Didn’t care for the news that Disney plans to take all their movies (including Pixar, Marvel, and Lucasfilm movies) off Netflix and onto their own upcoming subscription streaming service in 2019? Well, news today suggests that the higher-ups of Netflix and Disney are getting together to try to avoid that outcome.
Reuters is reporting that a Disney executive has confirmed that the status of Marvel and Lucasfilm movies is still up in the air, and that the two companies are actively having discussions about what will happen past 2019.
We can probably glean a few pieces of information from this. The first is that Disney and Pixar movies, going unmentioned, are almost definitely going to be exclusive to Disney’s as-yet unnamed subscription service.
The second? Considering that Netflix became the exclusive streamer of Disney movies not too long ago, we’re guessing these new negotiations aren’t going to be fun for Netflix. With Disney holding a ton of leverage with their looming new subscription service, it’s virtually certain that Netflix will have to pay far more than what they’re paying now to retain the rights to stream Disney movies.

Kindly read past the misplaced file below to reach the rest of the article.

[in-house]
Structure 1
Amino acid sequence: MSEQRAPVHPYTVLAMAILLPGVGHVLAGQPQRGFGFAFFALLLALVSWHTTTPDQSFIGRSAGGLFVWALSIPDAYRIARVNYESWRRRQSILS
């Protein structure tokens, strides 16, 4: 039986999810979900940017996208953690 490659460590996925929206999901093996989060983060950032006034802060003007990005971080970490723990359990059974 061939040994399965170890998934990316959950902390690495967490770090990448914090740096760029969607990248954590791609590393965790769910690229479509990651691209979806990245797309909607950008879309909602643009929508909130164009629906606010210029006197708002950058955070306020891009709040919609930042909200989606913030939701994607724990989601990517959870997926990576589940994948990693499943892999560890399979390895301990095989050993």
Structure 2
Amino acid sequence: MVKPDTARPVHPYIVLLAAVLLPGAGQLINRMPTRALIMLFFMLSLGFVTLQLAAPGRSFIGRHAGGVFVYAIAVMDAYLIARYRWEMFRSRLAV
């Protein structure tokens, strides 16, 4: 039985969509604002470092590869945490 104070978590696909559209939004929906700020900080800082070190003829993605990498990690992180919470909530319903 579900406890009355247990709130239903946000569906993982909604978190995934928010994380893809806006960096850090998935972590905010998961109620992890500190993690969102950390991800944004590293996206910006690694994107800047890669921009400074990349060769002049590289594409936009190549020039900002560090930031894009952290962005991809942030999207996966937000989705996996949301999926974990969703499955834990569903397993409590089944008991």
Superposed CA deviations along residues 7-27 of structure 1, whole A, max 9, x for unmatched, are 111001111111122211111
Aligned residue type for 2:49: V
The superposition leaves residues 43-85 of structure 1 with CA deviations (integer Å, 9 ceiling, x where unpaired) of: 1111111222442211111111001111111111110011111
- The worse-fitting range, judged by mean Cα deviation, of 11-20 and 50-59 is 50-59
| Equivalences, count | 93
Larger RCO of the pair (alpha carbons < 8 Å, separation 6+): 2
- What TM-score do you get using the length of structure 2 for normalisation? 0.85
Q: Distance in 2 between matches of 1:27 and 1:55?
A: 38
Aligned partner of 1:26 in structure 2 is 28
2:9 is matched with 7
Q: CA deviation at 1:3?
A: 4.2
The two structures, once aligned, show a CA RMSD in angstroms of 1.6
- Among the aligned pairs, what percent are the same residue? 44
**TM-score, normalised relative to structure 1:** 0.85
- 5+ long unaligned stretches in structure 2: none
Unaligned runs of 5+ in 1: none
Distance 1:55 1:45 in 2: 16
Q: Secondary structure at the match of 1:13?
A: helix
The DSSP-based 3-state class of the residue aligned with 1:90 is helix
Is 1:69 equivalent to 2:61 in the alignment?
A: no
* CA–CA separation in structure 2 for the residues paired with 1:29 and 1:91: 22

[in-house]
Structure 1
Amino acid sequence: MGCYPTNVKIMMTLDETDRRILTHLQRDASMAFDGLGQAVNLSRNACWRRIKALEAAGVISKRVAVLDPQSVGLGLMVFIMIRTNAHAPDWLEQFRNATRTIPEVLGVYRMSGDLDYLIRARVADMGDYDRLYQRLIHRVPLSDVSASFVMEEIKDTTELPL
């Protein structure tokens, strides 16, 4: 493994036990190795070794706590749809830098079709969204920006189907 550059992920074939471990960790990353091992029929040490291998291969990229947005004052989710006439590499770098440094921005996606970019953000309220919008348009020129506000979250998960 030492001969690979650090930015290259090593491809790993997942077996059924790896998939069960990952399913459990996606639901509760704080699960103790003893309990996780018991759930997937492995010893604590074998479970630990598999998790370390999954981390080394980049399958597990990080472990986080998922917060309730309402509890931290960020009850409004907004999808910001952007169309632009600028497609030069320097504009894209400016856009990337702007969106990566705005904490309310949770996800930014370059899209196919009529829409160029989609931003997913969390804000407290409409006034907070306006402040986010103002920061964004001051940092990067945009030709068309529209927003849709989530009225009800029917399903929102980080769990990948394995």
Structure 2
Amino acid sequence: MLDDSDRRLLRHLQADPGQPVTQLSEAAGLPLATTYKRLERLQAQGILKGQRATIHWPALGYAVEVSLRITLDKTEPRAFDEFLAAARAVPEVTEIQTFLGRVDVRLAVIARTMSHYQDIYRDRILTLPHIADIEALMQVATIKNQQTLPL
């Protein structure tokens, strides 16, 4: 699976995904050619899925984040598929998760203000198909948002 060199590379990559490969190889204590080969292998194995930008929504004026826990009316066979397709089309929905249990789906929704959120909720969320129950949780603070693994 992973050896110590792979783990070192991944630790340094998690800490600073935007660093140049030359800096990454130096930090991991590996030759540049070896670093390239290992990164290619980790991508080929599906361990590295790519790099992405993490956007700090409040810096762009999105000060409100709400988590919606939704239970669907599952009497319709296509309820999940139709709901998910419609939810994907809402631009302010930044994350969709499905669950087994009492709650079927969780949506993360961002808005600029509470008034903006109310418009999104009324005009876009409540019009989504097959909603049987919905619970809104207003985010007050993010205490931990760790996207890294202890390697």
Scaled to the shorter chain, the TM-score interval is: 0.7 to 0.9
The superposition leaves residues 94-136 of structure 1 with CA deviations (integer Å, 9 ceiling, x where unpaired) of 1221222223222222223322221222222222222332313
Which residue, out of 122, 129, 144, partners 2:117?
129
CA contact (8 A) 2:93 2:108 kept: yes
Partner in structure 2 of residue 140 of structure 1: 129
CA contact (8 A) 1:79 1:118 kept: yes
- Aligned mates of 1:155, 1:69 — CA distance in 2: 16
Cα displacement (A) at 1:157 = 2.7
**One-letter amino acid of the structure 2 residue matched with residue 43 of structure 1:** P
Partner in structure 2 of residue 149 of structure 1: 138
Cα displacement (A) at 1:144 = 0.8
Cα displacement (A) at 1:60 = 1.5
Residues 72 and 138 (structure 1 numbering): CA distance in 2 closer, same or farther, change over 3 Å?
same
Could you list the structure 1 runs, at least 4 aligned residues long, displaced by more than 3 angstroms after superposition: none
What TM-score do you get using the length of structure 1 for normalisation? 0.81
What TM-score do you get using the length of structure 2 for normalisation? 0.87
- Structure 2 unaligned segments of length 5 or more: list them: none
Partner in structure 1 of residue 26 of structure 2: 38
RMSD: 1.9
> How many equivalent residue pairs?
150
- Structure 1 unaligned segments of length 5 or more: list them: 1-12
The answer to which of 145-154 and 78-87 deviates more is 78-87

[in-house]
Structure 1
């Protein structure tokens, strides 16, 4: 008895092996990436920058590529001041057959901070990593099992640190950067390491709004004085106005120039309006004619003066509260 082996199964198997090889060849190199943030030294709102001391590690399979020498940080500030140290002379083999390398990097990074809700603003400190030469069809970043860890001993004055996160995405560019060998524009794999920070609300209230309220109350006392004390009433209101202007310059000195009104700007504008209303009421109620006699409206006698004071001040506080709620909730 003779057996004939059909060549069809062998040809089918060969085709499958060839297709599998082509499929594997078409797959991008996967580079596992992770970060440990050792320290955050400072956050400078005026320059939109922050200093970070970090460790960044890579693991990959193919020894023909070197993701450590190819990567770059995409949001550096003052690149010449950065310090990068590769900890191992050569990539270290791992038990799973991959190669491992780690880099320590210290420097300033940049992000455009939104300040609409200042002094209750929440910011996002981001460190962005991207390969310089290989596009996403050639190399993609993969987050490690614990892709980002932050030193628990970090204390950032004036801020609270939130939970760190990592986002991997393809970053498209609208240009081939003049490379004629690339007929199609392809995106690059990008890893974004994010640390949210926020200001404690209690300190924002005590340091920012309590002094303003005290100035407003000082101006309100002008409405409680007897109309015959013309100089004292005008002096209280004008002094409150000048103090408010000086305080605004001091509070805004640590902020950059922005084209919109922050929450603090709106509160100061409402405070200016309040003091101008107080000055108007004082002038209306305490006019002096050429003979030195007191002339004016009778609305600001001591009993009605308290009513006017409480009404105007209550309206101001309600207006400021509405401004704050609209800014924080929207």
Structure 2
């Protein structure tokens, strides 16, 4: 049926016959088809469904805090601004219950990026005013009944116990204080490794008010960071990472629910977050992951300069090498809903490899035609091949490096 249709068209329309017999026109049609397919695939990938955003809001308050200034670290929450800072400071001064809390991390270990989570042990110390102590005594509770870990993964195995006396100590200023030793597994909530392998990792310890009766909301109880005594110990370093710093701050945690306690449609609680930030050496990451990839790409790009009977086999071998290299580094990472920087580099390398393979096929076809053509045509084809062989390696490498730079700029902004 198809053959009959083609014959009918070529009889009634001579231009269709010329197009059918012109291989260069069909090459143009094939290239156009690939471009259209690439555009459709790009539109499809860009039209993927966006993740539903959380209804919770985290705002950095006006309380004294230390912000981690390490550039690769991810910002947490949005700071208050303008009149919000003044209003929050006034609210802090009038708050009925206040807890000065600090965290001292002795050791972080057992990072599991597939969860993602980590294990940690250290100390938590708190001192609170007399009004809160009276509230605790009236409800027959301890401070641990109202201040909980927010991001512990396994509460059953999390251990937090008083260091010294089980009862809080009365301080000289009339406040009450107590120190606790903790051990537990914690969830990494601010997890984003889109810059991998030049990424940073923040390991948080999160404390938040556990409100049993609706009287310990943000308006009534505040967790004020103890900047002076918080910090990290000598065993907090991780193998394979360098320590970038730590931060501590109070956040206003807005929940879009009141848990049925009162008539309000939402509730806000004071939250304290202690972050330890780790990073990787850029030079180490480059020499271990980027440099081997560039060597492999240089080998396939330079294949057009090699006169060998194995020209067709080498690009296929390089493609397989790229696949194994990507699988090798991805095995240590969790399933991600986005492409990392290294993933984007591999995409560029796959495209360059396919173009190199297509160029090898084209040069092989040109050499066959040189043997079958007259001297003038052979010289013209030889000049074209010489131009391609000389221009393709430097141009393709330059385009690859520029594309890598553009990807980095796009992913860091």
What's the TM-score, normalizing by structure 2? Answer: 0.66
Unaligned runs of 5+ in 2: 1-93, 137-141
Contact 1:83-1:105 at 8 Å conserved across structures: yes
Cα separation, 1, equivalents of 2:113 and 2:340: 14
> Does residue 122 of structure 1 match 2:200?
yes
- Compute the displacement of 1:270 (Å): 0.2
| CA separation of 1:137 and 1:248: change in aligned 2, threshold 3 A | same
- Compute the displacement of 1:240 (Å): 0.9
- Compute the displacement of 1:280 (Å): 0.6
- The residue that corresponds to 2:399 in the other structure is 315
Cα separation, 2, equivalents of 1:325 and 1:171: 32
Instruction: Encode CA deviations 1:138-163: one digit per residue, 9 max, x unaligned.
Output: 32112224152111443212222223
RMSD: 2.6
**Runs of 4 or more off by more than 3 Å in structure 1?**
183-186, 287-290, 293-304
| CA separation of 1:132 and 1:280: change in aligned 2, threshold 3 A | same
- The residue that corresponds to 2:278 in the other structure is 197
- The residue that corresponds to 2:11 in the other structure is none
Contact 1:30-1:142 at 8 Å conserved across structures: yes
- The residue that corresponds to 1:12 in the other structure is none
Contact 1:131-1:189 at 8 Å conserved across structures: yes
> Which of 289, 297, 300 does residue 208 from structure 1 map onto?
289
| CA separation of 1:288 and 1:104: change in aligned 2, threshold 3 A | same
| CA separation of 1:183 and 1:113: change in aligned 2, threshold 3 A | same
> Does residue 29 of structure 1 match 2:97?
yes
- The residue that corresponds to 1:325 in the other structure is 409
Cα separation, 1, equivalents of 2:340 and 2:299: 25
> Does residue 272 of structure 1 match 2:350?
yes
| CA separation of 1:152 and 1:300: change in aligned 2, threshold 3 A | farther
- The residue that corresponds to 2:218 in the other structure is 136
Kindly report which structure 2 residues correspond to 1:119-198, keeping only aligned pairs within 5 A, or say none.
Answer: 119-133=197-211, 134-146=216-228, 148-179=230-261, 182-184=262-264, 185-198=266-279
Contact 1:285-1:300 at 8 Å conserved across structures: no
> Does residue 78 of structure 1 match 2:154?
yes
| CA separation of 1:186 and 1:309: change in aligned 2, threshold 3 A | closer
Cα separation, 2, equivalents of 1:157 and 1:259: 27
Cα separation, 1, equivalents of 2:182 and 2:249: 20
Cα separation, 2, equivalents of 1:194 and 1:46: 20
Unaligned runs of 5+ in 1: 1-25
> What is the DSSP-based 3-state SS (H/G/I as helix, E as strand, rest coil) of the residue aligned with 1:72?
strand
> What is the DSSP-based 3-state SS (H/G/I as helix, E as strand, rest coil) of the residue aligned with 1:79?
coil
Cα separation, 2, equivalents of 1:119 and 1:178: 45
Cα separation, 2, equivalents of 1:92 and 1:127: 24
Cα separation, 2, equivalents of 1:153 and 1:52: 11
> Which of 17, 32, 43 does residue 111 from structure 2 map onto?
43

The high price of licensing fees is what drove Netflix away from its roots in the first place. Netflix originally existed to serve up movies licensed from other companies, but over time, Netflix has let more and more of those movies go in favor of producing their own content — something that is more expensive in the short term, but doesn’t have the long-term cost of continued licensing fees. Chances are Disney’s not going to make themselves any cheaper, which means Netflix will have two options — make less and less money over time from streaming Disney movies or pass along the increased cost to customers by increasing their monthly subscription fee.
Neither are great options! It might drive Netflix to throw up its hands and say no deal. It’d be a big bet on Netflix’s own original content, but given that’s something Netflix has been keen to do in the past few years, it wouldn’t be a huge surprise to see these talks come to nothing.
The upshot? The way of the future seems to be very fragmented, which to be fair is what a lot people seem to want. Consumers have long been irritated by high cable bills for packages that include a bunch of channels they don’t watch. Individual services from each network and production studio seems to make a lot of sense for anyone who wants to pay only for what they want to watch.
If you want to watch a little of everything, well, that’s bad news — all we can tell you is you’re going to need a lot of money and a lot of passwords.